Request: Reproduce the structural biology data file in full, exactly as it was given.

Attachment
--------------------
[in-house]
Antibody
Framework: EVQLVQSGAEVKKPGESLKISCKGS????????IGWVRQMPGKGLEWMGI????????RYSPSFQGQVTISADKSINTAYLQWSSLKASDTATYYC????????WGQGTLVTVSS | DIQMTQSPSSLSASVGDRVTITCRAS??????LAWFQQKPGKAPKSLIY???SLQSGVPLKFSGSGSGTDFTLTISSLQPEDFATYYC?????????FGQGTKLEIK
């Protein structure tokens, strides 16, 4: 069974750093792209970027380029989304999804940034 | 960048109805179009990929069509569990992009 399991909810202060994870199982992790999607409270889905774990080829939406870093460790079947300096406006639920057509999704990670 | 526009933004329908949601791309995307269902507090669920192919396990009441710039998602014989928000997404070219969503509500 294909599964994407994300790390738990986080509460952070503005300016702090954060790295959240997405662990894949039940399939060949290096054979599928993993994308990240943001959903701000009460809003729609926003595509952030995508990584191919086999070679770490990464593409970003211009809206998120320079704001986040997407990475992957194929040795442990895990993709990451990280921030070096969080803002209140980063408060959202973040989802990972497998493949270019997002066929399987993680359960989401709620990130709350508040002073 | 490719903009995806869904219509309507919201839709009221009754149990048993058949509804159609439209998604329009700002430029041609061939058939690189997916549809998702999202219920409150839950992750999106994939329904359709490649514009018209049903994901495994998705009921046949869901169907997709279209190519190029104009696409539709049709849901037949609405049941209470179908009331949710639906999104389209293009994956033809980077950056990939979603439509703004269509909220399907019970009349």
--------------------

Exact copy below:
[in-house]
Antibody
Framework: EVQLVQSGAEVKKPGESLKISCKGS????????IGWVRQMPGKGLEWMGI????????RYSPSFQGQVTISADKSINTAYLQWSSLKASDTATYYC????????WGQGTLVTVSS | DIQMTQSPSSLSASVGDRVTITCRAS??????LAWFQQKPGKAPKSLIY???SLQSGVPLKFSGSGSGTDFTLTISSLQPEDFATYYC?????????FGQGTKLEIK
């Protein structure tokens, strides 16, 4: 069974750093792209970027380029989304999804940034 | 960048109805179009990929069509569990992009 399991909810202060994870199982992790999607409270889905774990080829939406870093460790079947300096406006639920057509999704990670 | 526009933004329908949601791309995307269902507090669920192919396990009441710039998602014989928000997404070219969503509500 294909599964994407994300790390738990986080509460952070503005300016702090954060790295959240997405662990894949039940399939060949290096054979599928993993994308990240943001959903701000009460809003729609926003595509952030995508990584191919086999070679770490990464593409970003211009809206998120320079704001986040997407990475992957194929040795442990895990993709990451990280921030070096969080803002209140980063408060959202973040989802990972497998493949270019997002066929399987993680359960989401709620990130709350508040002073 | 490719903009995806869904219509309507919201839709009221009754149990048993058949509804159609439209998604329009700002430029041609061939058939690189997916549809998702999202219920409150839950992750999106994939329904359709490649514009018209049903994901495994998705009921046949869901169907997709279209190519190029104009696409539709049709849901037949609405049941209470179908009331949710639906999104389209293009994956033809980077950056990939979603439509703004269509909220399907019970009349």